A simple timer to use as a geeky productivity aid.
Hackers are known for our punctuality. That is why all of the HaD prize entries come in at the start of the contest, and are not all mad submissions done at the last minute. For those of us who need a little help in this category, there is this thing called the pomodoro technique. This timer has the normal schedule for it built in. Tracking bits not included. It will also be battery powered with a li-poly that came out of a lighter.
After a few attempts to get the USB lighter housing/charging/battery stuff to work, I eventually gave up. I was trying to use a MOSFET connected to one of the arduino pins to power the timer so I could automatically shut it off if left unattended. I never could get it to work. Eventually, I just took the USB end off the lighter and wired it into the timer. It is on when plugged in and off when unplugged. I use a USB power supply I picked up at VMWorld to keep the whole thing mobile. I use it at work, so this project was ultimately a success.
This isn't complete yet, and there is so little left for this project that the next post I wanted to share was the successful completion with a nice video, but I don't know what I'm doing. I got MOSFETs in the mail that I could use as switches. I wired one in backwards with a voltage divider. It took me a while to figure out that it was backwards. Google helped me figure out that I didn't actually need a voltage divider (not even a singe resistor) for the gate of my MOSFET, so I wired it in correctly, but it still wasn't working. I was halfway through pulling it out again when I thought I'd test it with an external power supply. It worked fine. I then checked the voltage of my battery. it was too low. I haven't put it all back together yet, but I did charge the battery. Chalk it up for experience it what to test before tearing things apart. Maybe more proof I need to take an intro to electronics class. I don't know when I will get time to do it again. I have all of this with me on vacation now, but I may not get to it until next week. I have been breadboarding stuff with my nephew, though. That counts as vacation, too.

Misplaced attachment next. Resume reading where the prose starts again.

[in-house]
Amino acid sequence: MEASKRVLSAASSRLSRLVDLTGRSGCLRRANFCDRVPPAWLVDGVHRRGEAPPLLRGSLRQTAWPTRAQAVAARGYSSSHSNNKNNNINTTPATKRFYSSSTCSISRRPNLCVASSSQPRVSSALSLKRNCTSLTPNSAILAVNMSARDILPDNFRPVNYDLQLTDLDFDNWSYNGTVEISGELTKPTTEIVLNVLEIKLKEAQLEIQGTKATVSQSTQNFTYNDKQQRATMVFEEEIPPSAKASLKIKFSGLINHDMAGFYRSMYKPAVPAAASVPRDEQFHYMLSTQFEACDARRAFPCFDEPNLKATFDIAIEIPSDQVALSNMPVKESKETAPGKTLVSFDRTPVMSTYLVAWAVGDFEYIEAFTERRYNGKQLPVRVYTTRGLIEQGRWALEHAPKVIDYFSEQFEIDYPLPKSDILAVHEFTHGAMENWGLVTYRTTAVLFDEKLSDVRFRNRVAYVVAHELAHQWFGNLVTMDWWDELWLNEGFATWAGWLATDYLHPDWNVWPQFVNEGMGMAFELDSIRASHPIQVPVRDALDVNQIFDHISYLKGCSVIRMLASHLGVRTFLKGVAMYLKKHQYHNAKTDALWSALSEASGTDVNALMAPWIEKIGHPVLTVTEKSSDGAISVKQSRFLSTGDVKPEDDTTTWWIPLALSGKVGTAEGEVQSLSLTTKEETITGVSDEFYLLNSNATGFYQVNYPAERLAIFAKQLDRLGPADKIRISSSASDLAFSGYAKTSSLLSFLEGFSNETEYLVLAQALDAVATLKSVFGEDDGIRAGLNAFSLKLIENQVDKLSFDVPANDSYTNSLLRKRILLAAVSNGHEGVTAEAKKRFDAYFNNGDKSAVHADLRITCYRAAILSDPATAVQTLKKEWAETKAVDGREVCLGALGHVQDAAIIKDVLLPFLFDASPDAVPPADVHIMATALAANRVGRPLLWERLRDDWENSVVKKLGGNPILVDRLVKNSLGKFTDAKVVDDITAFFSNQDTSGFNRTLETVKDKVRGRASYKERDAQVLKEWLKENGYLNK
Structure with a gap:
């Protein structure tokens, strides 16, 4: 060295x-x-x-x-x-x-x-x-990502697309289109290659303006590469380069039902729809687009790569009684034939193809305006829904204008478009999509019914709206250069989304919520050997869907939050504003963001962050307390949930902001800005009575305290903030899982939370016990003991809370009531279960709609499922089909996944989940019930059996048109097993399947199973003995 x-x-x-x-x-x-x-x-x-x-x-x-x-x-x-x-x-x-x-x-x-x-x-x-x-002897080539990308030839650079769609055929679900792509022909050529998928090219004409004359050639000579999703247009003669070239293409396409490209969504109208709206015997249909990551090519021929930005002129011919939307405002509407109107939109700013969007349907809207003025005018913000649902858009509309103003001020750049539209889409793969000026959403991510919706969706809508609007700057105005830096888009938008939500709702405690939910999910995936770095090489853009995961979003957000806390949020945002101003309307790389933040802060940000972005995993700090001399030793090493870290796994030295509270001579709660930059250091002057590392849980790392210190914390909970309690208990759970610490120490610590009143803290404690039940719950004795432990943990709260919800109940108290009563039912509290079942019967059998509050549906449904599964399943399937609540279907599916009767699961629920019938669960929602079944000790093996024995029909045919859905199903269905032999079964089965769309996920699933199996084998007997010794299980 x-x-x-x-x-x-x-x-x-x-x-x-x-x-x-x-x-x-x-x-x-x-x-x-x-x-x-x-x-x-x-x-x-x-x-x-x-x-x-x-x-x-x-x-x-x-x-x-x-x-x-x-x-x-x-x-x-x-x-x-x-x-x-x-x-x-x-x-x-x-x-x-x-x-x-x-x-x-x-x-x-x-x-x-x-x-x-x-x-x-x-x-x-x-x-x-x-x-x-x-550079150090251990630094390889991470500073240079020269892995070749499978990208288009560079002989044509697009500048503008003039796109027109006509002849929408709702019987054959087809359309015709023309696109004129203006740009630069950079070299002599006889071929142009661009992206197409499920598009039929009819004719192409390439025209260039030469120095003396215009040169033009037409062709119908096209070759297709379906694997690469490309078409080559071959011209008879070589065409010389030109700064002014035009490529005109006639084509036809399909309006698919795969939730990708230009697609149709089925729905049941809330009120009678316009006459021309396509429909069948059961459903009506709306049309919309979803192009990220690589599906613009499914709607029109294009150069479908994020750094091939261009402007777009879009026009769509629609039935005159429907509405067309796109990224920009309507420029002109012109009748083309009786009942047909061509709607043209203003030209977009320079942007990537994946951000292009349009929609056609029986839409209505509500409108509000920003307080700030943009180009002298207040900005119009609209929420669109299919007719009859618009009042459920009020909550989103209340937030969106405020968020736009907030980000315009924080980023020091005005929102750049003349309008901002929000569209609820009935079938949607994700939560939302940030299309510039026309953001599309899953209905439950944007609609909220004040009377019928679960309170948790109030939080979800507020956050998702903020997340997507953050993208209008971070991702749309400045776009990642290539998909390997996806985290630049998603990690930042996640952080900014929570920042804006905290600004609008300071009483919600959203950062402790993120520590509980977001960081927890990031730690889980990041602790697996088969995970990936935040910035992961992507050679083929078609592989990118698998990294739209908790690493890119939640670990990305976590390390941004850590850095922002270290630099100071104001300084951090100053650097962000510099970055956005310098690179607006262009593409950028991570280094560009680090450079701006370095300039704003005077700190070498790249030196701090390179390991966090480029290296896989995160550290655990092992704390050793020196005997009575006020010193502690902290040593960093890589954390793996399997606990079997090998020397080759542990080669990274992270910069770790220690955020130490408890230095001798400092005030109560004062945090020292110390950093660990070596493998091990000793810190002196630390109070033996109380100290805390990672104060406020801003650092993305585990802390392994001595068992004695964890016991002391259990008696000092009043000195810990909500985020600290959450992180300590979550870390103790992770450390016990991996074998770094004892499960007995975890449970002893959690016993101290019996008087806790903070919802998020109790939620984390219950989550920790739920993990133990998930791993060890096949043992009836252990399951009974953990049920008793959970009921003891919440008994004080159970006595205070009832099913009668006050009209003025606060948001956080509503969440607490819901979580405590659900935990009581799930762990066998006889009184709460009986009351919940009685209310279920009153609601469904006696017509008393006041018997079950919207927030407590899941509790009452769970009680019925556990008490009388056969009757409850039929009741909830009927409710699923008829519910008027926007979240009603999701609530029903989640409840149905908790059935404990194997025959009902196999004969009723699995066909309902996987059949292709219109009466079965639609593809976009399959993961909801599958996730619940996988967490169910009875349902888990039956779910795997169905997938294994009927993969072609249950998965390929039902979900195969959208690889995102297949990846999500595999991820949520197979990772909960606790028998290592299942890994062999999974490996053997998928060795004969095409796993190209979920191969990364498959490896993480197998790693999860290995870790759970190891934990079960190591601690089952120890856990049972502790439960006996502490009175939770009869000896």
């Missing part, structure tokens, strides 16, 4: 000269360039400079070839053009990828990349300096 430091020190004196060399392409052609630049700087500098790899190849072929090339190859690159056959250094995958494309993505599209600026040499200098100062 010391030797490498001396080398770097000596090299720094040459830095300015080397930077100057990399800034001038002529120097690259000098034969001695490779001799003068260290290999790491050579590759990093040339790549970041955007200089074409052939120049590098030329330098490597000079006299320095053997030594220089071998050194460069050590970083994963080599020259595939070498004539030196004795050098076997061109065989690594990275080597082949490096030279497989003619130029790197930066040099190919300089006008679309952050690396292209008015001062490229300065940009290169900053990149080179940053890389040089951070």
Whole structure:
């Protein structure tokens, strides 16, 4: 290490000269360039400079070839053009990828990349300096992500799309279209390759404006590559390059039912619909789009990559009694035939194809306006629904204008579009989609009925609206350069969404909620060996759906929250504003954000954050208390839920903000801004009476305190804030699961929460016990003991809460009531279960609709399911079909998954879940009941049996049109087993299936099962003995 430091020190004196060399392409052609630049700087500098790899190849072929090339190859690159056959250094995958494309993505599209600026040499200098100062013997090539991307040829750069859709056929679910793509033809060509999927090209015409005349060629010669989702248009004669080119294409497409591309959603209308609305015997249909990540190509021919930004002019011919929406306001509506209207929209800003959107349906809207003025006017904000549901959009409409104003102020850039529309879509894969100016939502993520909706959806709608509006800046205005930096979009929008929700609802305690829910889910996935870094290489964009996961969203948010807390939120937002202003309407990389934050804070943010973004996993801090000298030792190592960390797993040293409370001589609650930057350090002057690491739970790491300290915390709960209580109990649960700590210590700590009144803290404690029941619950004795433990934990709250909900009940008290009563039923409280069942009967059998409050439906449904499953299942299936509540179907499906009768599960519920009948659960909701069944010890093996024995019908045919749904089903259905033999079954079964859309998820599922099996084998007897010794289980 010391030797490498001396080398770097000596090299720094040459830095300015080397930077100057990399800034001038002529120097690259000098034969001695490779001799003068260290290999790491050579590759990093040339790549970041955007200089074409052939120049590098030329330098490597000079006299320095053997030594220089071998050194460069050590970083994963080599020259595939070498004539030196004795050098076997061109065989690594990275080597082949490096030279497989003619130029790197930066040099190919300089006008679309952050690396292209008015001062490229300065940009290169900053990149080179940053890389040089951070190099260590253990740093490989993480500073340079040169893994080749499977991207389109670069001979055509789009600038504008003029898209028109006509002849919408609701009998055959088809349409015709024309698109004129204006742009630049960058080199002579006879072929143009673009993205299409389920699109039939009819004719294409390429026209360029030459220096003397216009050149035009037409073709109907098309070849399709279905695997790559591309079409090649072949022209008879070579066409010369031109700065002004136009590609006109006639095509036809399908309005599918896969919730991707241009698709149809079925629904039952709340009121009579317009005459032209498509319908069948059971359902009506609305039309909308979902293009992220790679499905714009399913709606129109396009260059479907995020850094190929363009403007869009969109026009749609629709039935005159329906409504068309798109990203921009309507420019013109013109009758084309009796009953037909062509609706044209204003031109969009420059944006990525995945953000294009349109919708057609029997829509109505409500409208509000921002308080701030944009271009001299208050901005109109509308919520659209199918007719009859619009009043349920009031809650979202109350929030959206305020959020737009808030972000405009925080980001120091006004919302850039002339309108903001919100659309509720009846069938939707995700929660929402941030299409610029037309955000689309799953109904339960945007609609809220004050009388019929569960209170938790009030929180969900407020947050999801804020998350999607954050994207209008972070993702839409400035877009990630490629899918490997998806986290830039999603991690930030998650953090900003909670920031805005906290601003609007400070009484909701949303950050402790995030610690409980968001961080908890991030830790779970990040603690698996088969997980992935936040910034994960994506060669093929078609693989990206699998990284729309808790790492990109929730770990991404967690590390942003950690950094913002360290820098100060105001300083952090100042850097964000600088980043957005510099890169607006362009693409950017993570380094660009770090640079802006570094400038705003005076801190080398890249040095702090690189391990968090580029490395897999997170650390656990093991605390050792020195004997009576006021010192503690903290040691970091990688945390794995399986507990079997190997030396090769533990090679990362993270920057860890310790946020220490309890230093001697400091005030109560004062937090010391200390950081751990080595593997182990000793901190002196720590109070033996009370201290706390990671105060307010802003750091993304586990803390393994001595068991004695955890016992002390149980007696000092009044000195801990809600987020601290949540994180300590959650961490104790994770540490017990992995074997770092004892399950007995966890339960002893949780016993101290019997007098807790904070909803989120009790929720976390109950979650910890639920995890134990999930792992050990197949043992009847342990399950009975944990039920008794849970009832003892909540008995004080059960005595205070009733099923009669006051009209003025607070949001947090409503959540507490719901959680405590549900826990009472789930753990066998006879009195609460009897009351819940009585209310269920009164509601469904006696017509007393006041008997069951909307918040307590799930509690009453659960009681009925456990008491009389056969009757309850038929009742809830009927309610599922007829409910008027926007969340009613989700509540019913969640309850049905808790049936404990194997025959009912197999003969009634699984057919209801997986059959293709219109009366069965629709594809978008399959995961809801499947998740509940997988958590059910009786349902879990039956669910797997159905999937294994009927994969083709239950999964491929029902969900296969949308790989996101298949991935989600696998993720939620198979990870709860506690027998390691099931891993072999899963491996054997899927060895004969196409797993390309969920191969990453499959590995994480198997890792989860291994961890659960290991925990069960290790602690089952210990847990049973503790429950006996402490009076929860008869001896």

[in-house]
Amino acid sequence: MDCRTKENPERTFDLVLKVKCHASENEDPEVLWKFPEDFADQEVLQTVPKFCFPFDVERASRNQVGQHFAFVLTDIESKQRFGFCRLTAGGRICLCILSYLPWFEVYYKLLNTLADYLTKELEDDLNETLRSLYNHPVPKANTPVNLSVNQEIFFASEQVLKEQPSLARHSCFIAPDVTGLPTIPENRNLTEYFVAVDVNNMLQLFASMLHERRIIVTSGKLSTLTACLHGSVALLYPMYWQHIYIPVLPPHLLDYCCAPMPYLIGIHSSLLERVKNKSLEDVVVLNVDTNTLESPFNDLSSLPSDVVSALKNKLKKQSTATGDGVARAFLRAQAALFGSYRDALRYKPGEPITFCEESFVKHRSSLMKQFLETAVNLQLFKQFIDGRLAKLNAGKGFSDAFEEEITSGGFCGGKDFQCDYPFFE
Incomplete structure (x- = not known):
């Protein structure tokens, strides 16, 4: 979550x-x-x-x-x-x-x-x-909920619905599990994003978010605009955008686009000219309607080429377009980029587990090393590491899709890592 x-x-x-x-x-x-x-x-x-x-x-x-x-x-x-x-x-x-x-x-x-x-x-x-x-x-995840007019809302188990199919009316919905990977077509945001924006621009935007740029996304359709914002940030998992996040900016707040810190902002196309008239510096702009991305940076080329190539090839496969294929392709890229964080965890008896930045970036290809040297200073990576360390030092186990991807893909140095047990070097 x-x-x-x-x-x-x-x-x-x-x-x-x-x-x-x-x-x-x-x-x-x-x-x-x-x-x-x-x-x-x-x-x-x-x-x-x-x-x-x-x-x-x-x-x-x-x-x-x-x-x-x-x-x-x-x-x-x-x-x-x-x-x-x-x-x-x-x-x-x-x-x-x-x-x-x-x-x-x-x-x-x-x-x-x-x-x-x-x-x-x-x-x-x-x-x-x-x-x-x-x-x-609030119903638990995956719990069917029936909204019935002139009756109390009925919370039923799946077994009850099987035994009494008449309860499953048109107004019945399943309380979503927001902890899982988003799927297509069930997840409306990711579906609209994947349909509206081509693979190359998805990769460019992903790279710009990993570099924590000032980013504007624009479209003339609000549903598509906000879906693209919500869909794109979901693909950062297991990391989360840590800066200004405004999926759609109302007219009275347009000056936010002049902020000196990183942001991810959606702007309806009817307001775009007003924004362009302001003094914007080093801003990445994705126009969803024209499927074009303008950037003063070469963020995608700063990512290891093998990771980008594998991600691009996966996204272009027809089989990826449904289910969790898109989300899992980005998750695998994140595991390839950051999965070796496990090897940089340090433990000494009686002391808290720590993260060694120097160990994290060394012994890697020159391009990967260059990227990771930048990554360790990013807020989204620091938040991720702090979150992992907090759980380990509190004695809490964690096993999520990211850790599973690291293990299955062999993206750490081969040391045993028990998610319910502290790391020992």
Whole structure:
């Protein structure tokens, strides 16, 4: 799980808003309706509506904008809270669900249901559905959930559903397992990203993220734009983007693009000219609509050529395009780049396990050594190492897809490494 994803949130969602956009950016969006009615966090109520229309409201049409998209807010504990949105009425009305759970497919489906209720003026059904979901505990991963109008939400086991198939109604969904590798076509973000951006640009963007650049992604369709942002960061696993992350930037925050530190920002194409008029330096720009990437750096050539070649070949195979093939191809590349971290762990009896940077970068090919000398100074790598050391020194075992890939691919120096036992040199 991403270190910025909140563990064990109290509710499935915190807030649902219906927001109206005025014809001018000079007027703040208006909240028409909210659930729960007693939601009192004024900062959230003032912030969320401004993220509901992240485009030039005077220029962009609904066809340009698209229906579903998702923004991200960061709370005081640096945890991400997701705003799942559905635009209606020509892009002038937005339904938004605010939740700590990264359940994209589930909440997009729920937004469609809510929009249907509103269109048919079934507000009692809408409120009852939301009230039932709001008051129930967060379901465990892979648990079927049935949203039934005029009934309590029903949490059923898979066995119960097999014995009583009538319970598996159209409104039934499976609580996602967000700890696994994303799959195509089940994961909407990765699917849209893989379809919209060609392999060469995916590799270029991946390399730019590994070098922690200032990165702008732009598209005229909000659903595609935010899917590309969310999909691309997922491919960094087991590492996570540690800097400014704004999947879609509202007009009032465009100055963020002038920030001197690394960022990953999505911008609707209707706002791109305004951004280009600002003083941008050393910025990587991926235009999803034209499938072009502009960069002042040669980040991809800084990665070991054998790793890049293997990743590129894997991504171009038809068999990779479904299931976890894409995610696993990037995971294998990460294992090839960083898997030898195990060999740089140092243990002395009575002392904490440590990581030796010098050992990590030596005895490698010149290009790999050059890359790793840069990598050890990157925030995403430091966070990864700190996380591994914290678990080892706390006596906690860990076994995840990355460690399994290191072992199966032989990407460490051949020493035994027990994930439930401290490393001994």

I fried a mosfet that was on the lighter pcbs last night. I wish I would have remembered what a voltage divider was before I wired it up, but you live and learn. Everything else seems to work just fine. it failed open, so now I just can't shut the power off on the timer. I could add a switch, but I like the mosfet there, so I will wait for another shipment to come from China.
I wired the timer to the lighter as in the pic below. (Actually the black wire was moved to the pad below it before I finished). The brown wire was attached to a resistor and a pin on the arduino so I could keep the gate high on the mosfet. There was a problem with this wire, though, it slightly powered the arduino when everything was off. So, I cut the trace to the mosfet gate which made the voltage too high when I powered it up again. It worked fine to power the arduino until then, though. The battery is unlabeled, but it is about 5v. It looks like a lipo cell to me, but I haven't heard of a 5v lipo.
When I get my mosfets, I think I will try to find someplace to put it on the perf board with a voltage divider as a reminder. I know, that was one of the first things I learned about in my high school electronics class, but that was a long time ago. Maybe I need a refresher, or just to take the whole class again.
It turns out that my green LEDs either need more current to be as bright as the others or they have a much higher voltage drop than my original estimate. I think I'll end up putting in 47ohm resistors in for them. I didn't measure the current going through the green or the voltage drop. Maybe I should try to do that.
I also filed the resistor edges to get them in nice even rows. I started filing each one until I figured out I only needed to file every other one. I just clamped the file down to my bench and ran the LEDs across it a few times. It was actually easier than I expected.
The LEDs are on the perf, so next time I pick this project up, it will be the resistor work.
I'm sure most people reading this already know about how to use resistors with LEDs. I bought a cheap bag of assorted resistors without data sheets to know their voltage drop, so I searched the internet with duckduckgo to find a handy site that has some good guesses for the normal values there so I can get on with specing me resistors. I put it in a quick spreadsheet, and here are the values I got initially:
I will rummage through my resistors to get close to those and see if I'm happy with the brightness. My target current seems low enough that I can make some pretty bad mistakes here and not worry about it.
I know this isn't going to change the world on its own, but it could inspire hackers everywhere to adopt a more productive schedule when working on their projects which will undoubtably change the world. Someone out there has the most elegant solution to world hunger sitting on a desk, but cannot post a project on http://hackaday.io because they can only seem to find the time to watch cat videos on youtube. With this timer and a little study of the pomodoro technique it is supposed to be used for, the hacker in this totally uncontrived situation would have the power to overcome procrastination and get on with saving lives.
It would also be really cool to take one of those bulbdial clocks and add a mode to use it as a pomodoro timer. That just so happens to be this week's prize, and the main reason why I would submit this small project for the prize.
I received my e-packet of LEDs today, so here is the layout I have worked up without the resistors or battery. The LEDs do not quite fit this close to each other, so I will have to sand them down a tiny bit on the bottom rim of most of the LEDs. The battery pack will attach to the bottom of this board using the original case of the lighter if I can manage it.